Seeing the beautiful green grass gradually turn brown and die is one of the most depressing things a homeowner can experience. Brown patches of dormant, dead, or dying turf are not uncommon; they affect grasses of all types and in all climates. And identifying the root cause of brown patches in the grass is the first step in fixing the problem. Read on and find out why is my lawn turning brown in spots.
Photo Credit Brown spots are not unique. In fact, they affect all types of warm and cool-season grasses.
Obviously, nobody wants unattractive brown patches to take over their all lush and green expanse of lawn. However, in order to tackle this problem, you must first understand what you are dealing with. Brown spots can have a variety of root causes, including poor soil quality, dog urine, and excessive use of fertilizer and thatch, to name a few.
However, there is no need to worry! We’ve got good news if you have some unsightly dry, brown spots on your lawn! They are easy to fix. How? Continue reading to find out how!
The trick to avoiding patches of brown or dead grass in any yard is to take care of it properly. To begin with, never underwater and overwater your grass. Always use the right amount of fertilizer and ensure uniform application. Moreover, keep the lawn pests, especially grubs, and regularly treat your grass for fungal infections.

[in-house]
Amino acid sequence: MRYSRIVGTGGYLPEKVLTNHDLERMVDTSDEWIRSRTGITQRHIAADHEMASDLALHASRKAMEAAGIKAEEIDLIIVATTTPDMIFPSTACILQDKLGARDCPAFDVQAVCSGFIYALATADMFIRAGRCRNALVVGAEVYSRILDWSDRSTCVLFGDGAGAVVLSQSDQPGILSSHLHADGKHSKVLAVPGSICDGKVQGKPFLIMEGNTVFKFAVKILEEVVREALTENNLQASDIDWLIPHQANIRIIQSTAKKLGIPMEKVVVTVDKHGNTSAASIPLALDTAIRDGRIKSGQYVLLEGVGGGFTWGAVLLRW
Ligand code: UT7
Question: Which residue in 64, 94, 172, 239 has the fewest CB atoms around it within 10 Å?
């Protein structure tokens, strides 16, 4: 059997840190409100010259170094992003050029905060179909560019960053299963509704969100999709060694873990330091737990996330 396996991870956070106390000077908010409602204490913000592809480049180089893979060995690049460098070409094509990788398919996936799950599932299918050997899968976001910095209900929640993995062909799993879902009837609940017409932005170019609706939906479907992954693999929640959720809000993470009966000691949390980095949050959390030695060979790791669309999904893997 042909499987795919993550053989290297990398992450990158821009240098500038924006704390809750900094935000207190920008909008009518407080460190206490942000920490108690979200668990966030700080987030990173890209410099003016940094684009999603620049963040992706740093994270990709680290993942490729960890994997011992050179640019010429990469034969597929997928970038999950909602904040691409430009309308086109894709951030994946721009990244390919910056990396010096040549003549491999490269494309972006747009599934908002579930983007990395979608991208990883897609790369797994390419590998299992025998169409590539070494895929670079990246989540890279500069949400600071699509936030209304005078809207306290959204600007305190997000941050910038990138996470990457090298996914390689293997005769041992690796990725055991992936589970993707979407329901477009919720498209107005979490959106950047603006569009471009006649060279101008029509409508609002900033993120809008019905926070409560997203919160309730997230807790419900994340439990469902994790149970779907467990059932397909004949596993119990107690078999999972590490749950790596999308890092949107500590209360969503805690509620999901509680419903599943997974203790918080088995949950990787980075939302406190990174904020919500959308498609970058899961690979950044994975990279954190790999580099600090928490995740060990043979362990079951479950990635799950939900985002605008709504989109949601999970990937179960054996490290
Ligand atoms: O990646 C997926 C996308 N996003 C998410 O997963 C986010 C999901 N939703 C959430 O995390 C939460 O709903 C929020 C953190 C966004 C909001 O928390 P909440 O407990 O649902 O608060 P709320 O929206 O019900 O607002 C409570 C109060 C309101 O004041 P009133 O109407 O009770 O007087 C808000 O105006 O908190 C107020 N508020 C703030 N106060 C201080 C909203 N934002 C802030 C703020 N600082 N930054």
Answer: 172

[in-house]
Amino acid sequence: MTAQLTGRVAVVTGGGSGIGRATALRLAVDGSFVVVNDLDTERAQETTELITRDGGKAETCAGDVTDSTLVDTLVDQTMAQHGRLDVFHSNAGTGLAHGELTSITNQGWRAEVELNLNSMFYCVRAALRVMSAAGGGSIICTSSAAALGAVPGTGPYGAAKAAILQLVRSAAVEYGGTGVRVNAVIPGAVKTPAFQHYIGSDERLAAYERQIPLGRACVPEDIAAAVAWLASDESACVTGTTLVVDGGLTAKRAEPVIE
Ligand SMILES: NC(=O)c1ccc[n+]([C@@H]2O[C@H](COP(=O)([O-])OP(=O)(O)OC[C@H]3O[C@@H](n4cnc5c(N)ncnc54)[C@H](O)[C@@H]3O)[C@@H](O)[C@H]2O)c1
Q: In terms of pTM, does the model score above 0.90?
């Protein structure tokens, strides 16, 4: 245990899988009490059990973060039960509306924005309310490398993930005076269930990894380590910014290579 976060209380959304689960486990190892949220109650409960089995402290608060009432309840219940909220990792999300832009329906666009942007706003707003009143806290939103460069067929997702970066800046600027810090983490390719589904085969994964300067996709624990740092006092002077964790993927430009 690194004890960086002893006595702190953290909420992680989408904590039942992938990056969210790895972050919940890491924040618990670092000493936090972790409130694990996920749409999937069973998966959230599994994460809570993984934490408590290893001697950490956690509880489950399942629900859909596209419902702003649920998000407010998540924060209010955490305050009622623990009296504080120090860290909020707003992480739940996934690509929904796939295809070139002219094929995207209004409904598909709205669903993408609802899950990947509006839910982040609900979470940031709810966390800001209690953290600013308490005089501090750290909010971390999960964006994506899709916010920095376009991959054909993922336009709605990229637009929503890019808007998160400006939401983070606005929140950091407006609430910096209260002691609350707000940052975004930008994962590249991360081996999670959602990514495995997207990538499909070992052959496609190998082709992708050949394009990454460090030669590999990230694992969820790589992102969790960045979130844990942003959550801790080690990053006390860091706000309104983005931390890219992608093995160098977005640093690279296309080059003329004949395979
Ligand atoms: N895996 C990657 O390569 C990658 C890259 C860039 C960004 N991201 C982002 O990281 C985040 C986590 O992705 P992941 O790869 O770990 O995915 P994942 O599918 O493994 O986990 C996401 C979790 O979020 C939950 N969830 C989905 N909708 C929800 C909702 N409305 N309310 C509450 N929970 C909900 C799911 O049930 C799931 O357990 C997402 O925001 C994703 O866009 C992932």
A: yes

That said, grass can sometimes also turn brown when it goes dormant, and there isn’t much you can do about it. Read on to learn more!
What Causes Brown Spots In The Grass?
Photo Credit Compacted soil and thatch might hinder a lawn’s capacity to thrive and turn it brown in spots.
Many people believe that grass clippings cause thatch, but in reality, it’s often the result of poor soil or too much fertilizer. When a lawn is not adequately watered, fertilized, or mowed, thatch can begin to accumulate.
To put it simply, it’s an accumulation of dead and decaying plant matter between the leaf blades and the root system of a plant that prevents the free flow of water and nutrients to the roots.
When there is a lot of thatch, the grass plants can even send out roots into it. As a result, nutrient, water, and air availability to grass roots decrease, resulting in brown patches on turf.
How To Fix The Thatch Issue In Your Yard?
You can solve this problem by dethatching your lawn and then aerating it. A dethatching rake, available for purchase or rental at your local gardening center, can be used to remove the thatch layer from your lawn.
However, before buying or renting a dethatcher rake, make sure that its settings are optimized for the variety of grass you have.
Dethatching is required when there is an excessive buildup of thatch on the surface. However, a word of caution: the moment to dethatch your lawn may not necessarily be when you observe the grass turning brown.
Dethatching your lawn works best and puts the least amount of stress on it when it is done in the grass’s active growing season.
Foot Traffic, Forgotten Toys & Soil Compaction
Photo Credit Leaving items on your lawn for even a day or two, let alone extended time, can result in brown patches.